Employment market: Light at the end of the tunnel?

by HCA15 Jul 2009

Australian employers are being urged not to rush into further workforce cuts in response to the economic downturn, despite the Australian Bureau of Statistics June Labour Force results revealing unemployment has risen 0.1% to 5.8%.

After a large increase in the May jobless rate, June's growth has slowed the general trend of rising unemployment. In addition, the ABS statistics showed a slight decrease in the overall participation rate to 65.3%.

In June, full-time employment decreased by 21,900 to 7,611,800, with part-time employment increasing by 400 to 3,150,000.

While the ABS figures reflect the growing impact of the financial downturn on businesses in Australia, figures from other leading indicators show that a recovery may be on the way. The International Monetary Fund has upgraded its forecasts for a global recovery and this month's Westpac-Melbourne Institute consumer sentiment index surged by 9.3%.

The latest Hays Quarterly Report also indicates that employers are hiring – candidates just need to know where. The report indicates that employers have started to take a more positive approach towards their staffing needs. "The wait and see approach to recruitment is beginning to lift, with many companies planning for additional headcount," said Grahame Doyle, director of Hays Human Resources (pictured).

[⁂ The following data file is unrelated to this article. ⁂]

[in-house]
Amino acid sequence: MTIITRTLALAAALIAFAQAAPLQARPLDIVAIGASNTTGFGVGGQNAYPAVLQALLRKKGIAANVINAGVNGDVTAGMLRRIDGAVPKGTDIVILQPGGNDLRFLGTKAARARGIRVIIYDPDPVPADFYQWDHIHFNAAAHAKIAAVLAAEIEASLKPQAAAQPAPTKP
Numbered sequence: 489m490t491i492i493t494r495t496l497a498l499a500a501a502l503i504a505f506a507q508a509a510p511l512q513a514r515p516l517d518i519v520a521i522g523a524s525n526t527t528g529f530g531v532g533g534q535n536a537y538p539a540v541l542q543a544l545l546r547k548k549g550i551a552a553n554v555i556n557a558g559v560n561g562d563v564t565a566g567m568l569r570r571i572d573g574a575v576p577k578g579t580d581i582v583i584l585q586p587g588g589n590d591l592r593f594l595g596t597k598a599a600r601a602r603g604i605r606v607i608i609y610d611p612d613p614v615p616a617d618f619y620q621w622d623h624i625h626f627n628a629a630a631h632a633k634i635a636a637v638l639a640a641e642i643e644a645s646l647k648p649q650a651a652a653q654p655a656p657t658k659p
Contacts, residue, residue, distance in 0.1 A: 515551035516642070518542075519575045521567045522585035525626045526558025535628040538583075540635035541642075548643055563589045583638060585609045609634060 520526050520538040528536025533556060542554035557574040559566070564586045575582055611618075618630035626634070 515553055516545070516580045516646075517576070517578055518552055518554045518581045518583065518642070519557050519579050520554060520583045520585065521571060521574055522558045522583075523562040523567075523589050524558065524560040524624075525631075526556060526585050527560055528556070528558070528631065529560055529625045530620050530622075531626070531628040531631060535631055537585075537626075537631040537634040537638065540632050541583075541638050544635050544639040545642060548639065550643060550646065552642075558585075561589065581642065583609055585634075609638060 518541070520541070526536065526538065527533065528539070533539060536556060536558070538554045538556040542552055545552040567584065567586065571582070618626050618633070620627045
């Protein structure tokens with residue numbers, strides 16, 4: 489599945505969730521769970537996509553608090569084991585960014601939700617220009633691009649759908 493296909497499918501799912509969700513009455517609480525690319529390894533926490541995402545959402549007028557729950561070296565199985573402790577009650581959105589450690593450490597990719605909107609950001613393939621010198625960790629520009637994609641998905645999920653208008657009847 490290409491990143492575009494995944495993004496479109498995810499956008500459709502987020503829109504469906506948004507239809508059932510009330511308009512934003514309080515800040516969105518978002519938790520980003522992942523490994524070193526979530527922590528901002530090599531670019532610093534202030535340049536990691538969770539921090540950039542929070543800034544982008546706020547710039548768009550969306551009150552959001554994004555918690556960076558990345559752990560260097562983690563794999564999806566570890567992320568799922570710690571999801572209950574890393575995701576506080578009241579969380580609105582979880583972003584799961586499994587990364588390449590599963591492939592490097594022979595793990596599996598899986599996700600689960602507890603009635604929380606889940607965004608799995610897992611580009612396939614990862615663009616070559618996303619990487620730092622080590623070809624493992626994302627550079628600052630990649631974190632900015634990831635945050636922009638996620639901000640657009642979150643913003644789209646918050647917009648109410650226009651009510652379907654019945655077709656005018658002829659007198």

"A number of key roles are forthcoming, and the fact that employers are now planning for these roles is a positive step."

Deb Loveridge, CEO of Randstad (Asia Pacific), added that employers need to look beyond any current difficulties and plan their workforce for the long term.

"It's easy to base headcount levels on the situation today, but companies need to look at their workforce level as a long-term strategy. Recent indicators suggest that consumers and businesses are becoming more optimistic. If this is true and a recovery follows, businesses need to have the best workforce in place to manage an upturn in demand. Making hasty job cuts now could damage a company in the long term.

"If cost reductions need to be made businesses need to be smart about where they make any cuts. Cutting costs doesn't just mean retrenching staff. It can mean looking at flexible work options, changes to the working week or giving employees the chance to travel with a view to returning in a few months time. By being flexible now employers can be well placed for a recovery."

According to the Hays report, employers are hiring HR professionals in the following areas:

  • Learning and development: "L&D candidates, particularly instructional designers, are in high demand from employers at present for leadership development, staff engagement and long-term retention purposes."
  • Change managers: "These candidates have also emerged as an area of demand, since companies are embarking on business process reform projects. Meanwhile, project candidates, especially those in OH&S, learning and development and change, are needed."
  • OH&S: "This is seen as a particular skill of value, since good systems can prove a financial benefit."
  • Industrial relations: "Industrial relations candidates are needed due to workplace law updates."
  • HR generalists and coordinators/advisors: "HR generalists with ER, recruitment and performance management backgrounds are sought due to current market conditions, while HR coordinators and HR advisors are sought for temporary assignments. These candidates are often appointed over a senior HR professional as a cost saving measure."


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